In a world where woolly mammoths fraternize with weasels and speak with the voices of Ray Romano and Queen Latifah, it's not an entirely difficult stretch to accept that these creatures shared the Earth with dinosaurs. Hell, we should be probably semi-thankful to those at Blue Sky Studios for this history-altering diversion, which prevents the third installment of their Ice Age franchise from wallowing in such political undercurrents as did the previous sequel, The Meltdown. Still, for a movie involving those terrible lizards, not a hell of a lot happens, and, after several "action" scenes in which characters slide uncontrollably down snow-covered slopes and nearly lose their lives in disastrous joyrides that, inexplicably, don't continue at the edge of cliffs, I'm tempted to believe that the majority of the landscape of Ice Age: Dawn of the Dinosaurs is tilted at a forty-five degree angle. This, apparently, was the greatest example of imaginative peril that four screenwriters (Michael Berg, Peter Ackerman, Mike Reiss, Yoni Brenner) and an actual storywriter (Jason Carter Eaton) could dream up for their characters. Indeed, in the absence of a decent plot, director Carlos Saldanha chooses to periodically awaken his audience with those notoriously annoying yet oh-so-zany 3D effects involving beaks and tusks jutting out from the movie screen. Perhaps, in the future, the industry standard should involve a prerequisite, that is, an actual half-assed story requirement that must be satisfied before a film can even get a 3D greenlight.
That's probably too way much to ask for.
In Ice Age: Dawn of the Dinosaurs, the story picks up with the impending parenthood of two mammoths, sardonic Manny (Ray Romano) and his partner, Ellie (Queen Latifah). Manny decides to try and render nature "childproof," so he creates a special playground for the baby and, otherwise, generally does a lot of bellyaching about how dangerous the world can be for a child. As a result, Manny's good buddies, a sabre-toothed tiger named Diego (Denis Leary) and a sloth known as Sid (John Leguizamo) begin to feel like it's time to move on. Diego fears that he's "lost his edge" due to his relatively domesticated existence, so he sets off for new adventures. Meanwhile, Sid decides that he wants children of his own, so adopts a trio of "abandoned" eggs from an underground cavern. Naturally, these eggs belong to one pissed off mommy dinosaur, so she retrieves her babies and takes them, along with Sid, into an underground world and towards some weird cluster of volcanoes, which, supposedly, is where dinosaurs, as a rule, raise their young. Despite the fact that Ellie is quite pregnant, she probably figures that this film isn't gonna have a story unless Manny, Diego, and herself set off to rescue Sid. Once underground, they acquire a tour guide of sorts in Buck (Simon Pegg), a swashbuckling, mostly deranged weasel who lives in the dinosaurs' underground realm and spends his days searching for yet another showdown with the largest, fiercest dinosaur of them all, Rudy.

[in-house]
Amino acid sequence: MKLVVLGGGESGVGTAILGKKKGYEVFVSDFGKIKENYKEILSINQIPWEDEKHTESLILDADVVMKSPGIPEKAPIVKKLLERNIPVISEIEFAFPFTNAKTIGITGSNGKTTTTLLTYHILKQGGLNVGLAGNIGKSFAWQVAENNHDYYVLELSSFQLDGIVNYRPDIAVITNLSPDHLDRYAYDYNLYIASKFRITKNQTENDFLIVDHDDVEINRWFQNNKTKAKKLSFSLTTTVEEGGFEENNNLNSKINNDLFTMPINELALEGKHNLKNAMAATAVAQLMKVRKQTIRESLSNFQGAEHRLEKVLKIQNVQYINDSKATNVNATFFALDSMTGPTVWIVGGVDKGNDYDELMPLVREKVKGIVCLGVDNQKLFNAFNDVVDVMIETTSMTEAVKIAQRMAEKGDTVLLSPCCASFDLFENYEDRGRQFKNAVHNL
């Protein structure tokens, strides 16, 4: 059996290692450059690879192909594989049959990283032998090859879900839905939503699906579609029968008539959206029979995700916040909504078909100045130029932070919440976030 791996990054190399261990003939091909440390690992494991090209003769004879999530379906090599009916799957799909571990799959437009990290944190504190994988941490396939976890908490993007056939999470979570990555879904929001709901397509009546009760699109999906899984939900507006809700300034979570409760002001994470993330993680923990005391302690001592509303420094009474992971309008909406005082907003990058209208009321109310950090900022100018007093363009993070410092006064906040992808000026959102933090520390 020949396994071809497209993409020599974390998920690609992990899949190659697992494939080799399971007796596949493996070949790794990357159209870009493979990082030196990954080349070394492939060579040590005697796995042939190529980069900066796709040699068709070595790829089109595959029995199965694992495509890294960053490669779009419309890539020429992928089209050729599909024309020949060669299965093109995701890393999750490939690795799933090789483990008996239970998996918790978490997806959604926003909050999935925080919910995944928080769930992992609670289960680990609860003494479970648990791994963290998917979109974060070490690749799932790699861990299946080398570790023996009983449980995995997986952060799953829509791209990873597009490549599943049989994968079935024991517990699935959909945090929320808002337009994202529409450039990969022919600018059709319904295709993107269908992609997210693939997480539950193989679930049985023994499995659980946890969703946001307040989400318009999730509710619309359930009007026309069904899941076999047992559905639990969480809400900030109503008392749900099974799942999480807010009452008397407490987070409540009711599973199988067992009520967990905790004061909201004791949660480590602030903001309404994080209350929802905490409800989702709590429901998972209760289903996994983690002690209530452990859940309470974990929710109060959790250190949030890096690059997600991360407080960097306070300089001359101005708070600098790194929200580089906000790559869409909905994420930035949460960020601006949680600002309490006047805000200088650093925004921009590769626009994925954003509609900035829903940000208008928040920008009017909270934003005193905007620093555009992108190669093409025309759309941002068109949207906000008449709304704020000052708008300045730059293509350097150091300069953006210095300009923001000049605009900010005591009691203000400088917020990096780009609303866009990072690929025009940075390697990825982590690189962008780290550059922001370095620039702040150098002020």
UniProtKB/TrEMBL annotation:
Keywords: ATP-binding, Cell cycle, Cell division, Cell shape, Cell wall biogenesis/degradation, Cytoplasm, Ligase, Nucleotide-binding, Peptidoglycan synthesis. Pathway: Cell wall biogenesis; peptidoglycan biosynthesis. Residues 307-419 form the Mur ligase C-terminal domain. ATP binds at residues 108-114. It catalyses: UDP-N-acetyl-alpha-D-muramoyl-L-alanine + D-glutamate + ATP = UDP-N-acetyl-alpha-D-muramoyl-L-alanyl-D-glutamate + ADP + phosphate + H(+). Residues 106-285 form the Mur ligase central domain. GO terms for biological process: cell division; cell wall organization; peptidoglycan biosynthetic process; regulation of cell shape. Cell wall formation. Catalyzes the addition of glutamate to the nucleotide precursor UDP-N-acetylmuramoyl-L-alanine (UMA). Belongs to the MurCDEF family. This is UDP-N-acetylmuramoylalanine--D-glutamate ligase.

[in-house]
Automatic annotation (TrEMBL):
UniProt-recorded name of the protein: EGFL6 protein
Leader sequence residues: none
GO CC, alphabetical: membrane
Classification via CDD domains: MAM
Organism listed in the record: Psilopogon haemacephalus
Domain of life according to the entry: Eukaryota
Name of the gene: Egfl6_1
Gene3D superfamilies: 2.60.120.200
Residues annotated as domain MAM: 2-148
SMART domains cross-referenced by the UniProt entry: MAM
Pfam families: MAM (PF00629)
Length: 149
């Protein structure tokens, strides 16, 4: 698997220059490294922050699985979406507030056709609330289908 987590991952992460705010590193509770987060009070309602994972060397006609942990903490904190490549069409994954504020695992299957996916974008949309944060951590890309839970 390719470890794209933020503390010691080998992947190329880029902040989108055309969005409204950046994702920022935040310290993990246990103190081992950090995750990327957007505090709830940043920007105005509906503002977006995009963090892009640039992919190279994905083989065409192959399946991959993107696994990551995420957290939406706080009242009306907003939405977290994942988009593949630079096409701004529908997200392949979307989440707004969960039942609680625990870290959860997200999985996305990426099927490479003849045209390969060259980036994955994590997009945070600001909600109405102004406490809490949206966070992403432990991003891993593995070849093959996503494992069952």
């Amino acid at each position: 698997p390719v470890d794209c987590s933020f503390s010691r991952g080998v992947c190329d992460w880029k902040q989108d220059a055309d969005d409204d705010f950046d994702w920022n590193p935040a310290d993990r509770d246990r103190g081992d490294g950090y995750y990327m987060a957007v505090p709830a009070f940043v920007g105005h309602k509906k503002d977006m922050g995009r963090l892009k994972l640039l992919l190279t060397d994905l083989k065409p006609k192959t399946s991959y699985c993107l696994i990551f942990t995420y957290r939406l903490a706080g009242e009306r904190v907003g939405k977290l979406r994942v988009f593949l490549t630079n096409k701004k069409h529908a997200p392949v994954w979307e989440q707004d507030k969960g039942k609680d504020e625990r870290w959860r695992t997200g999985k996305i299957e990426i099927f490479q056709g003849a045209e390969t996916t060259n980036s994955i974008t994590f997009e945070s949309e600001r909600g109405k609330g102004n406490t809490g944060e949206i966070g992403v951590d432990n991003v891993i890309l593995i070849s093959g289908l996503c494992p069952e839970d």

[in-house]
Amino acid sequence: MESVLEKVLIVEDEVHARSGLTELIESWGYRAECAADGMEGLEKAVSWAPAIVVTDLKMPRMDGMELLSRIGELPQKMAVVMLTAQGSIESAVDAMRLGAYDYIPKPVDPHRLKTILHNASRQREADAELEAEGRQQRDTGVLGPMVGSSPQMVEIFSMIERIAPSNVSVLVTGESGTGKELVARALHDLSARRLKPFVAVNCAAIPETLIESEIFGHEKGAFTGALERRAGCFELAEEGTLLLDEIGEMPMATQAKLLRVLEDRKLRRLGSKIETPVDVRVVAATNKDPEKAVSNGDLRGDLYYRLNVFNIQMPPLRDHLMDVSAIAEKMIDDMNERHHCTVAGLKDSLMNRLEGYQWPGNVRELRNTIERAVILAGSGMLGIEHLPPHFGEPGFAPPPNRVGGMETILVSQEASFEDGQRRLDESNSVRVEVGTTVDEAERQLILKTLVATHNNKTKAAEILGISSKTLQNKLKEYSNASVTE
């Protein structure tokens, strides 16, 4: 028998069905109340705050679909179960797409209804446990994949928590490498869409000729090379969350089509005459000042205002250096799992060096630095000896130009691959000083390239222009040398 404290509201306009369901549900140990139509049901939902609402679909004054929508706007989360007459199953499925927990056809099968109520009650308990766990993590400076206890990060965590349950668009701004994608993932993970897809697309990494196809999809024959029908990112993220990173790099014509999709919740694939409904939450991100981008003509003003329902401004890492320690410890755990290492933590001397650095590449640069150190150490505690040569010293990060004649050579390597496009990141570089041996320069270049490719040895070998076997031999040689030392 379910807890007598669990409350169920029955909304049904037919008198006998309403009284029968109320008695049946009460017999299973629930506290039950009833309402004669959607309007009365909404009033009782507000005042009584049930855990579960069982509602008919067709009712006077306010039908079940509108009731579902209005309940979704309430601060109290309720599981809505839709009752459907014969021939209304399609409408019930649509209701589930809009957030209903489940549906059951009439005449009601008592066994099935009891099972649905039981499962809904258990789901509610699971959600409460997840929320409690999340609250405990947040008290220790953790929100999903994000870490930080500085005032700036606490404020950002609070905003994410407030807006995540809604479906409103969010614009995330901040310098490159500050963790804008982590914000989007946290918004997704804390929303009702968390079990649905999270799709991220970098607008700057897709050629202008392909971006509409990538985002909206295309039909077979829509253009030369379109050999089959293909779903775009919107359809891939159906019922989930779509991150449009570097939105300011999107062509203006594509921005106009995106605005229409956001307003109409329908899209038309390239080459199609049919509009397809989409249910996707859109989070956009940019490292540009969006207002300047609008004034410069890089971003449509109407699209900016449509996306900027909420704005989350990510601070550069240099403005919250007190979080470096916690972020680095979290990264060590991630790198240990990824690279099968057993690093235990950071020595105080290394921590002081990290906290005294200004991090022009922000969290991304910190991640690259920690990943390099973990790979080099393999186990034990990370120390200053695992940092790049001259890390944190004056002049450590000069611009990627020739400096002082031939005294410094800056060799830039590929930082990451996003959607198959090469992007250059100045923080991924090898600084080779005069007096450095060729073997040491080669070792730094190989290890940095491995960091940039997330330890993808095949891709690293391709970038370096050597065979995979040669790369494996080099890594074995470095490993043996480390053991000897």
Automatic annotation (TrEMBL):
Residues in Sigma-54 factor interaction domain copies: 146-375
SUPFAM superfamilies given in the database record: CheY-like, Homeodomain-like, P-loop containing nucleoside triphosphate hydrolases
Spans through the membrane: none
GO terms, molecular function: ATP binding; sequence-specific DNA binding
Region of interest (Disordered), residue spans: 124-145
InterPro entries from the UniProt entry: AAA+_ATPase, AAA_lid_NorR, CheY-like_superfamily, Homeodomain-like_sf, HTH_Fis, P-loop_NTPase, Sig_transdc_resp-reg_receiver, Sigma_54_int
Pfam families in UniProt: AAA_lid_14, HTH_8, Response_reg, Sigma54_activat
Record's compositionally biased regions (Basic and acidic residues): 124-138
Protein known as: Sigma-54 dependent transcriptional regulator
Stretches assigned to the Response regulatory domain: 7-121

From there, the plot doesn't grow any more exciting or any less predictable, but Pegg does a fairly impressive job generating interest for his moderately well-drawn character. In fact, Buck 's swaggering ways are the only thing that keeps Scrat (Chris Wedge) the rodent-squirrel from stealing the entirety of the film with his continuing and unrequited acorn-chasing interludes. Then again, Scrat himself becomes less of a novelty in this sequel, for he finds himself actually starting to lose interest in the acorn after his heart is captured by a sexy female squirrel. Fortunately, Buck takes charge of the picture and keeps everything from falling into a molten pit of lava, with Pegg striking the perfect balance between the imbalanced voice work of the franchise's usual players. No nuance can be found in the voices of Romano and Latifah, who are recognizable to the point of indifferent distraction. During the entire film, I keep expecting Manny to get hit over his head by an overbearing mother and Ellie to start busting a move. More subtle turns come from Leary and Leguizamo, but Pegg finishes winningly while clearly enjoying the swinging bachelor life of his courageous, wily weasel.
Parents will be pleased to know that Ice Age: Dawn of the Dinosaur doesn't contain much toilet humor. Unfortunately, however, the film does contain several jokes involving the difference between boys and girls, including a bit where Sid tries to milk a male animal but, instead, unwittingly begins to jerk off the shocked creature. Hey, this ain't Pixar, folks. It's not even Dreamworks, but it will keep the kiddies entertained. As for yourself, bring a pillow because you're gonna need it.
Agent Bedhead lives in Tulsa, Oklahoma. She and her little black heart can be found at agentbedhead.com.
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